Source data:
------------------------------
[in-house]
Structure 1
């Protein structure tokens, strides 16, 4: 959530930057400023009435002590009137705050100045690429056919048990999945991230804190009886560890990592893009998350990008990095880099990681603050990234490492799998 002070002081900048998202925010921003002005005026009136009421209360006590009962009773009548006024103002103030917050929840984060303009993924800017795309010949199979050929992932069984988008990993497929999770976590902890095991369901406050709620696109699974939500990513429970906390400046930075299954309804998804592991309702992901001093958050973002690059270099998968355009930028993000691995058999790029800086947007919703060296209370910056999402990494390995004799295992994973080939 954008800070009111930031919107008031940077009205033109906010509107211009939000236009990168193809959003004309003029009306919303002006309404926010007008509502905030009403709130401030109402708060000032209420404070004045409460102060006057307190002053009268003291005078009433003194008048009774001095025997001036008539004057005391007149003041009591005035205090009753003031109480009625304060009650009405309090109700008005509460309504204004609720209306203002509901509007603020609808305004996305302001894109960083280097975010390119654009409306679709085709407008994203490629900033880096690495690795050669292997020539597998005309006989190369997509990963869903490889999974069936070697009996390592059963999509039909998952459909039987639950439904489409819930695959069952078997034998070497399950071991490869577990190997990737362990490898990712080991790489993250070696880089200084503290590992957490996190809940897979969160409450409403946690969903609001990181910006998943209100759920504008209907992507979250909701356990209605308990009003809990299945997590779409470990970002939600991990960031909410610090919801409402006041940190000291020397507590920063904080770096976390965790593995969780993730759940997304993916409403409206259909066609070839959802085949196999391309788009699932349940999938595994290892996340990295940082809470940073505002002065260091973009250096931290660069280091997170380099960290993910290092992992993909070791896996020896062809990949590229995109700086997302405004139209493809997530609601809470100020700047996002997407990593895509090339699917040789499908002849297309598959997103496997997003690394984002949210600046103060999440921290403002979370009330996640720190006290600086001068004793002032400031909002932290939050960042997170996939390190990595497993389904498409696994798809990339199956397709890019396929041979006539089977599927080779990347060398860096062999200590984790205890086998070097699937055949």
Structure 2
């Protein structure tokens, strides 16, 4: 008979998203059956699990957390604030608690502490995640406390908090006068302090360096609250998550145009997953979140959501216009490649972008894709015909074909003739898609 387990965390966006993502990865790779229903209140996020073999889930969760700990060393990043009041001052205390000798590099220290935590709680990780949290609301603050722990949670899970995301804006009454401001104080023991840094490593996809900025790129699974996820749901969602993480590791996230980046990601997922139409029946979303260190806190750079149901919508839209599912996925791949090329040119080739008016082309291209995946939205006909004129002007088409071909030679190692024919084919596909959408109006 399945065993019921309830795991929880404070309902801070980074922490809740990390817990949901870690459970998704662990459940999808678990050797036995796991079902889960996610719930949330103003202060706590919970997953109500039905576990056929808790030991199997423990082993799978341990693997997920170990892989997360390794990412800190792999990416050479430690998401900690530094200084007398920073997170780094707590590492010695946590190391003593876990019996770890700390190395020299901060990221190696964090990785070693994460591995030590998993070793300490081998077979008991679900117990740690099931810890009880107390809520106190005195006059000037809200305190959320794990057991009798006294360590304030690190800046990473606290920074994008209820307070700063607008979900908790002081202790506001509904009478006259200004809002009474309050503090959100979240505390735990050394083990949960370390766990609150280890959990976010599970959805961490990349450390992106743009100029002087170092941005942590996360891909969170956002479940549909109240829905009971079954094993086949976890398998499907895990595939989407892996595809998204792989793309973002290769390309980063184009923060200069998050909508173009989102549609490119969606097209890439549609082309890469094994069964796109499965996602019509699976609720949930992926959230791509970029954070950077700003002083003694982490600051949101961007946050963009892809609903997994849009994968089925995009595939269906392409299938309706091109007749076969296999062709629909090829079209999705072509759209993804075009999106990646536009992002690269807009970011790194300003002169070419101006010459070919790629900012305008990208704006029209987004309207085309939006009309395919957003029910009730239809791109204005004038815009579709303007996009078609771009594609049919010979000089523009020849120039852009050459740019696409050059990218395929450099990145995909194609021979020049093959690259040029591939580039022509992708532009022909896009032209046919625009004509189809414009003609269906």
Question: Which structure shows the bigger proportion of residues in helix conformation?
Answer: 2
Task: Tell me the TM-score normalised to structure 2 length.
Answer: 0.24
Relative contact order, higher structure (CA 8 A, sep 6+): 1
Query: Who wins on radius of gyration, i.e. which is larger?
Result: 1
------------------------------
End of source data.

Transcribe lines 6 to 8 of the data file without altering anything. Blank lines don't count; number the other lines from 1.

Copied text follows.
Question: Which structure shows the bigger proportion of residues in helix conformation?
Answer: 2
Task: Tell me the TM-score normalised to structure 2 length.